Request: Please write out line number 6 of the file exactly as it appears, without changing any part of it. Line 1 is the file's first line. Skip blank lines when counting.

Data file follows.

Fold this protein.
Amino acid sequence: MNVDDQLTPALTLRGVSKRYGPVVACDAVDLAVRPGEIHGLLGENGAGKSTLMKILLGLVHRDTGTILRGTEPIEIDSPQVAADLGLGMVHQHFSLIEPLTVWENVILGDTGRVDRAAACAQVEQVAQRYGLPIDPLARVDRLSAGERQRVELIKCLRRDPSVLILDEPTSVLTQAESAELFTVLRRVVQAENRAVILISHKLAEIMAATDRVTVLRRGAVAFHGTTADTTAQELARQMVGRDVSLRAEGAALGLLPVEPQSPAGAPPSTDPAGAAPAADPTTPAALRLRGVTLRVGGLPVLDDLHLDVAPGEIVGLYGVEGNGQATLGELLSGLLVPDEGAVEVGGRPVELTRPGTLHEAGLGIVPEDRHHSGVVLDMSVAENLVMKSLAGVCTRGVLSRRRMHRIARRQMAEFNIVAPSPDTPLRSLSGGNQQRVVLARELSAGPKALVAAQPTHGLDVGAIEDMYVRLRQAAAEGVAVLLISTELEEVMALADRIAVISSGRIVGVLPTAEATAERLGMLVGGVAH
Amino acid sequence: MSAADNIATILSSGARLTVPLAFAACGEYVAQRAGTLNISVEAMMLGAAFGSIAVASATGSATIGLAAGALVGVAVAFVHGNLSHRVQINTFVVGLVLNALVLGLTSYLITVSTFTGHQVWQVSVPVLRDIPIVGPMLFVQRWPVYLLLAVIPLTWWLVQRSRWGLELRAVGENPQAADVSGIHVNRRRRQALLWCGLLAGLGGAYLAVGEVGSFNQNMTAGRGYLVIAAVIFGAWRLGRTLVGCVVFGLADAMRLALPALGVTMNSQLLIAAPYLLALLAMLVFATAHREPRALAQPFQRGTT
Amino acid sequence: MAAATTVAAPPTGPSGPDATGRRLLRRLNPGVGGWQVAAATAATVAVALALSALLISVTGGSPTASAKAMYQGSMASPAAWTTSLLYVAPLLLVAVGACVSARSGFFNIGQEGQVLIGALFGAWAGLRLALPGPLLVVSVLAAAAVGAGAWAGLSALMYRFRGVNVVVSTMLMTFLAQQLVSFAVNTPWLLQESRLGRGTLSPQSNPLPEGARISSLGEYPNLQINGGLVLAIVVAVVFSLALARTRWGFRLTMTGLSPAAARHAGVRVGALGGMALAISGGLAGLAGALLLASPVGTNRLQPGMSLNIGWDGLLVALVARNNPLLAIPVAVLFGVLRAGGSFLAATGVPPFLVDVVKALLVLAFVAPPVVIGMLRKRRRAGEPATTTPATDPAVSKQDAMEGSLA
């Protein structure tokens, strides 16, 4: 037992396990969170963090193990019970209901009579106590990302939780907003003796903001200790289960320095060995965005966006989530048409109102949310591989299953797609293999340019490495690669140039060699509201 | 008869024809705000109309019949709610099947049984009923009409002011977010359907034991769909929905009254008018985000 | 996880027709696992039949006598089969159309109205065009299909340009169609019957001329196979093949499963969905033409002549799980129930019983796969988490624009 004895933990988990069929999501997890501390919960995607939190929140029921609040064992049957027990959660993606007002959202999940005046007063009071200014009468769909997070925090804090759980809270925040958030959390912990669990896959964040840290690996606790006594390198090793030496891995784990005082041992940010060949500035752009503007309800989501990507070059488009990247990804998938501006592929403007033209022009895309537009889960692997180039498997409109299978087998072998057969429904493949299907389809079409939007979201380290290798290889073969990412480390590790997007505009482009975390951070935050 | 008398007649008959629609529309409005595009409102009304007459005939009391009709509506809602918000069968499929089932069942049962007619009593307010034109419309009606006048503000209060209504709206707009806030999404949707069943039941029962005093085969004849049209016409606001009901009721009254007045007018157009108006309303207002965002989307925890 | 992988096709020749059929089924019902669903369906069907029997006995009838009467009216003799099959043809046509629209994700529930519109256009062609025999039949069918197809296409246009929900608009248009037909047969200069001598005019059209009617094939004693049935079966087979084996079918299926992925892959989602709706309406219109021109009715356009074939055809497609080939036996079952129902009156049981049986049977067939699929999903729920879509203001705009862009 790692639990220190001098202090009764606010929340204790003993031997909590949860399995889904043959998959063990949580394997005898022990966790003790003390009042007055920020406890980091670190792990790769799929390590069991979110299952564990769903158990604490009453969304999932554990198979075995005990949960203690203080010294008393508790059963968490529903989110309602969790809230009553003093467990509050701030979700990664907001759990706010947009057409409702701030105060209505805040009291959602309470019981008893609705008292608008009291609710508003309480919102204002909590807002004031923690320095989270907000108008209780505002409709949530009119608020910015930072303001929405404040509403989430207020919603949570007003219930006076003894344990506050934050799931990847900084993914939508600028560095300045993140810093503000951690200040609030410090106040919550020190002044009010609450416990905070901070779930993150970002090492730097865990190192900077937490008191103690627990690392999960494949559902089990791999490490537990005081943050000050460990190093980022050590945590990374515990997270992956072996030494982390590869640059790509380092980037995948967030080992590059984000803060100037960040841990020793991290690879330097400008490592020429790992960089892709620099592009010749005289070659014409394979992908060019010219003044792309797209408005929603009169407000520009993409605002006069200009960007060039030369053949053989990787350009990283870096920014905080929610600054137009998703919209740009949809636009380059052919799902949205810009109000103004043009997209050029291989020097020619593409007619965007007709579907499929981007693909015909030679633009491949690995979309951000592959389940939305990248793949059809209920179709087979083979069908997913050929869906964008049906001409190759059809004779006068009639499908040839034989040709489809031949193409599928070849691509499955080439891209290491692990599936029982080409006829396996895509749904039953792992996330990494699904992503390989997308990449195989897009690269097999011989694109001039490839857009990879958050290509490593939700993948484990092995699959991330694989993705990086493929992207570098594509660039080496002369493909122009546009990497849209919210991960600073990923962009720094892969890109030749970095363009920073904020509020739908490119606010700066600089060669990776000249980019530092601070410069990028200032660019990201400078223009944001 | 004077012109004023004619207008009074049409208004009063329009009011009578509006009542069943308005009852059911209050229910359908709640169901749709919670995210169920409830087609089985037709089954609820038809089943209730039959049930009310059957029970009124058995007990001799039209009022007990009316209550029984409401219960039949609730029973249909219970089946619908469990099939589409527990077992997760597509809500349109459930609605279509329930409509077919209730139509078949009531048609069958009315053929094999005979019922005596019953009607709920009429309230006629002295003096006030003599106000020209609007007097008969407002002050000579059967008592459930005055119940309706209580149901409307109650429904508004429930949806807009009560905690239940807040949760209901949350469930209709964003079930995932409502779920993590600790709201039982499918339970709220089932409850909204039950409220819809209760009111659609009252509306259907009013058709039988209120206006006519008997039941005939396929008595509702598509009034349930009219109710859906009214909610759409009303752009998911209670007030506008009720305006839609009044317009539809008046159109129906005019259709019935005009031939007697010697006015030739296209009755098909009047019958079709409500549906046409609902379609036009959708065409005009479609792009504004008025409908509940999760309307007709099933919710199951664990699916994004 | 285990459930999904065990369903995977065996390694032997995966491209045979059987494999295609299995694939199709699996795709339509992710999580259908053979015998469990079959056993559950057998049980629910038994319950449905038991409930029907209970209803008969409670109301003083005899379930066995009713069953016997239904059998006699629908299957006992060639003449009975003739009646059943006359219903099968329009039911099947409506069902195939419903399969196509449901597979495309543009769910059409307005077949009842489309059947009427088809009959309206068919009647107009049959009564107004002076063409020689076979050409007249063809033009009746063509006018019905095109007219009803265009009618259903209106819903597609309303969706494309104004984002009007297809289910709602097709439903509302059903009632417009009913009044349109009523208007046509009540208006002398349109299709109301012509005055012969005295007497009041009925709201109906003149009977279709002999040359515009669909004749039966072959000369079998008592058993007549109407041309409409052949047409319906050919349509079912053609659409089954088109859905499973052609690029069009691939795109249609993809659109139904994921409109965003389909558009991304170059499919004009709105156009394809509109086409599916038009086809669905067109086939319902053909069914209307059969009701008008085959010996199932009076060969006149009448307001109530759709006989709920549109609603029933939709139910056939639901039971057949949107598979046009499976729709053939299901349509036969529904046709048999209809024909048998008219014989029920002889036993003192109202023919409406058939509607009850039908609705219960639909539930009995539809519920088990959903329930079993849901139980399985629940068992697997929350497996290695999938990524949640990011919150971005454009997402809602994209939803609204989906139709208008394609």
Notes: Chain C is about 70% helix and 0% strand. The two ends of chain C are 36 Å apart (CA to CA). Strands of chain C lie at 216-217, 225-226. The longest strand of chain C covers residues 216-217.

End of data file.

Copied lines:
Notes: Chain C is about 70% helix and 0% strand. The two ends of chain C are 36 Å apart (CA to CA). Strands of chain C lie at 216-217, 225-226. The longest strand of chain C covers residues 216-217.